Montana regulators had little choice but to reject a 15-month-old effort by Australia’s Babcock & Brown Infrastructure (BBI) to buy South Dakota-based NorthWestern Energy, and the state’s largest private-sector utility now is poised to do just fine on its own, the state’s chief regulator told NGI last week.
Even the revised deal carried too many risks for ratepayers and shareholders, according to Greg Jergeson, chairman of the Montana Public Service Commission (PSC).
“Tuesday’s action was just further confirmation of the decision we announced in May rejecting the proposal, because it posed risks for the ratepayers as well as posing risks to the financial stability of the utility company itself,” Jergeson said. “This was primarily due to the magnitude of the acquisition premium and the pressure [regulators felt] that it would cause to somehow recover that investment.
“That was exposure that was not, frankly, minimized in the changed offer [by BBI], and therefore the [PSC] rules requiring a material change were not met to reopen the proceeding. They could have come in with a whole new application and proposal, and the issues could be fully vetted again. [BBI] chose not to do that, though.”
Jergeson, the head of a regulatory body that has been at odds with the out-of-state owners of the state’s principal electricity and natural gas utility, indicated that the PSC now is having better relationships with NorthWestern, which he characterized as “poised” to operate more smoothly and effectively going forward.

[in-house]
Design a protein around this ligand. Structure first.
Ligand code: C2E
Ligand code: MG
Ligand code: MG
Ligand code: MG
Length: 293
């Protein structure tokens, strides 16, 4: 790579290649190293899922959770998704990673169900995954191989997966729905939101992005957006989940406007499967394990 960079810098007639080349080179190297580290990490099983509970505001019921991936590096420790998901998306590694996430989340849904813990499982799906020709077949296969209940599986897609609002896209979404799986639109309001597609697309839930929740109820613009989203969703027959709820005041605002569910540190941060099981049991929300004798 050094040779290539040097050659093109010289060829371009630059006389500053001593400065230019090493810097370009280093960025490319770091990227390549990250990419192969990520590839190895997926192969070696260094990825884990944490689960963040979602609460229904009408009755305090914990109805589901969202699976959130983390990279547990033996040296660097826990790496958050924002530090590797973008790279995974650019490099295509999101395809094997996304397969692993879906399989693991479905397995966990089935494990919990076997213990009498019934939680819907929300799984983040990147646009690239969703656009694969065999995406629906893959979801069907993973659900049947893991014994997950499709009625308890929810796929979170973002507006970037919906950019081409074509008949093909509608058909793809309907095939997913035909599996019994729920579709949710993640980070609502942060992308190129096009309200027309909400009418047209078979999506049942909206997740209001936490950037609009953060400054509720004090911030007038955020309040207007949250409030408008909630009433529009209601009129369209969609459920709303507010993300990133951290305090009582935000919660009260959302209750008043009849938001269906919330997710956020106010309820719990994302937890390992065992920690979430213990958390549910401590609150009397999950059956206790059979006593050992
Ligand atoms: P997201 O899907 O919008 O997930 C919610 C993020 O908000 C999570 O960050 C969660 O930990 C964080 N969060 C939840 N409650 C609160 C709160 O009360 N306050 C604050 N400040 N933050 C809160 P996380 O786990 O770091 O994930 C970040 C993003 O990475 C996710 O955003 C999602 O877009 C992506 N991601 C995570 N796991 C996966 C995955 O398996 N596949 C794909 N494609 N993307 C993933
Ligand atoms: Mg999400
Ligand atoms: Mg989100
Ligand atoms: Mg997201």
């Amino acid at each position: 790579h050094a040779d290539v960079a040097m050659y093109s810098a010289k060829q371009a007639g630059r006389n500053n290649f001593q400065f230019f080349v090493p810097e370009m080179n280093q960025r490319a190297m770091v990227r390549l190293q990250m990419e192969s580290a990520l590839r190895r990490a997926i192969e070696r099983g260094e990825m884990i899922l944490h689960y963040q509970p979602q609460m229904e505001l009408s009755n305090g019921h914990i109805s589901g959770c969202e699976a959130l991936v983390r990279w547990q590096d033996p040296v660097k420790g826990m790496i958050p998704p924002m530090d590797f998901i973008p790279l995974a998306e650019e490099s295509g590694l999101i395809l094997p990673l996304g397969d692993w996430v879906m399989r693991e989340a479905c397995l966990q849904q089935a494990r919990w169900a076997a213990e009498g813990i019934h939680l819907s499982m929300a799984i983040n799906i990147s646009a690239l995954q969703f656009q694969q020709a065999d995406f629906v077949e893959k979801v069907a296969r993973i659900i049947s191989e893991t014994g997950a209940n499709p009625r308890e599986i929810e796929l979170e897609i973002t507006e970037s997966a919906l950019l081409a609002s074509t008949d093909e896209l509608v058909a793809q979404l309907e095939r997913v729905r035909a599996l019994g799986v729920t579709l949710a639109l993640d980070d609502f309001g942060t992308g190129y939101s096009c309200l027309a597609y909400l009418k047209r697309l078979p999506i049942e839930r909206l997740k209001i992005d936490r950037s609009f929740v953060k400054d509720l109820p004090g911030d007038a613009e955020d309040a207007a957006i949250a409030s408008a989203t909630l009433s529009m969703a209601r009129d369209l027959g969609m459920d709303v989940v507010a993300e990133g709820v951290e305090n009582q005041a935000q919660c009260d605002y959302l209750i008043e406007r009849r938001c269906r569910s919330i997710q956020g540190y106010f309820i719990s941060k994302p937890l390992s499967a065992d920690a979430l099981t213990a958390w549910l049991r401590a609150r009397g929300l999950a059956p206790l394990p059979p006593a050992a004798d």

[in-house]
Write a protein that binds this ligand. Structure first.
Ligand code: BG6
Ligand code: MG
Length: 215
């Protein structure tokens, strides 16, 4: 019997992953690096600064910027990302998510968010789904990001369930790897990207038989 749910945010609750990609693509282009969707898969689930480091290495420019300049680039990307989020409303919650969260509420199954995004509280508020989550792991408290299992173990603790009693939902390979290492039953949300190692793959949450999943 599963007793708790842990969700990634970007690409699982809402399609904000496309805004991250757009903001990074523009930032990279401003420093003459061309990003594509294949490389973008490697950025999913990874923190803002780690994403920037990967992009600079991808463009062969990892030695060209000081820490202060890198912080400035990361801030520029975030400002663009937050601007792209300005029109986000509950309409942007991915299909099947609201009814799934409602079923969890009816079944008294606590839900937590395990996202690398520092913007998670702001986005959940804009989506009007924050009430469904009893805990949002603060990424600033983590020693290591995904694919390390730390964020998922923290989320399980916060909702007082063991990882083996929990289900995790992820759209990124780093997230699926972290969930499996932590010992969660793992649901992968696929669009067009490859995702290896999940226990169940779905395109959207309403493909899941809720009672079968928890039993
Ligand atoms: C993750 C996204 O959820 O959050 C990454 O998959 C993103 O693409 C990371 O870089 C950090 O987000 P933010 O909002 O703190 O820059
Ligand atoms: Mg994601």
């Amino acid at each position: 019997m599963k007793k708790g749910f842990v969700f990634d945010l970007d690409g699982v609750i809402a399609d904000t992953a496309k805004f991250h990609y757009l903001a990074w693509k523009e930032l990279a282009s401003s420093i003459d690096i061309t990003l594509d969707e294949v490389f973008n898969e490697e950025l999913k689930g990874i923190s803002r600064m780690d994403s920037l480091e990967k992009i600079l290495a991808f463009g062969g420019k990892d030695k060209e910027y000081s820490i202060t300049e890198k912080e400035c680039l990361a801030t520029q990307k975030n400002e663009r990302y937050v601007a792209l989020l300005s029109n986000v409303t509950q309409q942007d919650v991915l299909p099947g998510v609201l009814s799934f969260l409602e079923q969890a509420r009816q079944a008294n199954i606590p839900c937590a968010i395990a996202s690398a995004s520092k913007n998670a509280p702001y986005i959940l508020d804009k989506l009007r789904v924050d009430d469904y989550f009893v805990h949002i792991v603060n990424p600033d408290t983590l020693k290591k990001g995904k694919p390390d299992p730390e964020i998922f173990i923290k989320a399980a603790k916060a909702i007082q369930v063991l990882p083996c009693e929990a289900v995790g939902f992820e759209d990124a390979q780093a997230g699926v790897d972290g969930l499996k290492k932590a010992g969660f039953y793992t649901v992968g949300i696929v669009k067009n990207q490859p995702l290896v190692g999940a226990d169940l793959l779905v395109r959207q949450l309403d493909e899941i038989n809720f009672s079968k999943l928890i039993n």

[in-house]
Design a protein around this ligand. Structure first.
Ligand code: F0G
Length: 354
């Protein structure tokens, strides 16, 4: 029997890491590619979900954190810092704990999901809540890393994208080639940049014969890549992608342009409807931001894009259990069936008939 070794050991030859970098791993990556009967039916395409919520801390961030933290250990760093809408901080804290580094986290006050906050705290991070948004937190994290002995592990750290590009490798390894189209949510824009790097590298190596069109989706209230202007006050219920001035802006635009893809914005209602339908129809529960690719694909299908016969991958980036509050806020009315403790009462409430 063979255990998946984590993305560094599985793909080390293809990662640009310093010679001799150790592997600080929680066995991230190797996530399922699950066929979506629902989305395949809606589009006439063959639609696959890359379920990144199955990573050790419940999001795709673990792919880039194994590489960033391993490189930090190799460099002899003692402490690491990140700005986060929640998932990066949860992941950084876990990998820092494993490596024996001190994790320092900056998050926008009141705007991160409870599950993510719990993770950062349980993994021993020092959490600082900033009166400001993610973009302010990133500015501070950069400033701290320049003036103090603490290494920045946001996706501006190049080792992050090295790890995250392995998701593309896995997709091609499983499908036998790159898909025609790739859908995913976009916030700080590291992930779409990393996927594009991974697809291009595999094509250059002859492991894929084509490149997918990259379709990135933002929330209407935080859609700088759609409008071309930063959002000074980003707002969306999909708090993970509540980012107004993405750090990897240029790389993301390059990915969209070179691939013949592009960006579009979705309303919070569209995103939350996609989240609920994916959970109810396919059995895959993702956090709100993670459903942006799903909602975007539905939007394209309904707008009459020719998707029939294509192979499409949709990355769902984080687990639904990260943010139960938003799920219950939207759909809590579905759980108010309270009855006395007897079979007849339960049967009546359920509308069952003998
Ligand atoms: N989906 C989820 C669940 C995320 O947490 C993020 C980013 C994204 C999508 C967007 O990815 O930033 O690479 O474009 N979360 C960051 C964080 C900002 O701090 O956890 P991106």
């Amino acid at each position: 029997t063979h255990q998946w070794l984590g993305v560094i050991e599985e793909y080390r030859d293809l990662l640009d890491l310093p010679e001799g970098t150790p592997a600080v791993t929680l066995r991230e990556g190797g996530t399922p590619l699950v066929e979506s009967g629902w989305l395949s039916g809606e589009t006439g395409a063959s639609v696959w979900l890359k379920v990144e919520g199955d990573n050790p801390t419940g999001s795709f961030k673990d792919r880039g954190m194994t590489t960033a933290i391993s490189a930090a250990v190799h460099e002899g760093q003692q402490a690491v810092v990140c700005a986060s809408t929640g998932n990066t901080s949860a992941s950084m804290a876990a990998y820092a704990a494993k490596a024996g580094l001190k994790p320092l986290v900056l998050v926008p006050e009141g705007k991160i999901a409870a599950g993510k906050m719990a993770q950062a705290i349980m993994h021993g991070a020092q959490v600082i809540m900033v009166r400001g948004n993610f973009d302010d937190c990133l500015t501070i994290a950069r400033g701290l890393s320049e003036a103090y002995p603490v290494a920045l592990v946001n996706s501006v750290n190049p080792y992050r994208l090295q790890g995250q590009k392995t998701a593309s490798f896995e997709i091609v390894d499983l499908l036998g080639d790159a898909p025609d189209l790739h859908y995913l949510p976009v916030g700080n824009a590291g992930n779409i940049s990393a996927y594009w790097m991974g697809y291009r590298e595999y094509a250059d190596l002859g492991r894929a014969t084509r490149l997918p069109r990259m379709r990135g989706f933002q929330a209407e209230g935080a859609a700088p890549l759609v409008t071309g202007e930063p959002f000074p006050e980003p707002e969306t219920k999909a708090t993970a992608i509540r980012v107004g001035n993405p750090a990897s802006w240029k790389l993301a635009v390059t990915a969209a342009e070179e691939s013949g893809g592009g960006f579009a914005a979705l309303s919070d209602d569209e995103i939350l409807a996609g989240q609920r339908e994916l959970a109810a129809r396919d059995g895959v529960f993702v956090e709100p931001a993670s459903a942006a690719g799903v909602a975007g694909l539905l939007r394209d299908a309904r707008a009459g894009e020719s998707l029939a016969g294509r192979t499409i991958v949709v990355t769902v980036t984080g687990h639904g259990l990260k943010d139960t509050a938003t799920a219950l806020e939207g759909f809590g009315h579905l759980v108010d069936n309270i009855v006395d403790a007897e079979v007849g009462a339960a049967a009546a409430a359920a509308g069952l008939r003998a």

“Having improved its financial situation since emerging from Chapter 11 bankruptcy almost three years ago, and given the passage of [a new state law] allowing them to invest in rate-based generation, NorthWestern is poised to be a well managed, properly functioning and profitable company without needing to be merged into any other entity.”
As part of making an eleventh-hour attempt to get the Montana regulators to reverse their earlier opposition, BBI and NorthWestern agreed that either party could terminate the deal if the PSC rejected the latest sweetened proposal for acquiring the utility holding company, the bulk of whose electricity and natural gas distribution operations are in Montana.
The PSC staff recently recommended that the five regulators reopen the proposed BBI acquisition of NorthWestern, given a new proposal submitted by the utility. The PSC voted 5-0 to reject the original BBI-NorthWestern marriage May 23 (see NGI, May 28).
Regulators, however, would not budge, again denying the application last Tuesday to reopen the record in the case, and forcing BBI to terminate its proposed purchase, effective immediately.
“The Montana PSC has determined that it would not approve the proposed sale and has not permitted us to complete this transaction,” said NorthWestern CEO Michael Hanson. “We remain confident in the viability and strength of NorthWestern Energy, and we will continue to provide reliable service to our customers, while exploring ways to maximize shareholder value.”
Hanson thanked BBI for its interest and its “professionalism throughout this process,” noting that his company’s near-term focus will be to continue to improve its core operations, and it will provide more details on future plans at its second quarter earnings conference call Aug. 8.
Regulators in South Dakota and Nebraska, where NorthWestern also has utility operations, long ago approved the deal that was originally announced in April 2006 (see NGI, May 1, 2006).
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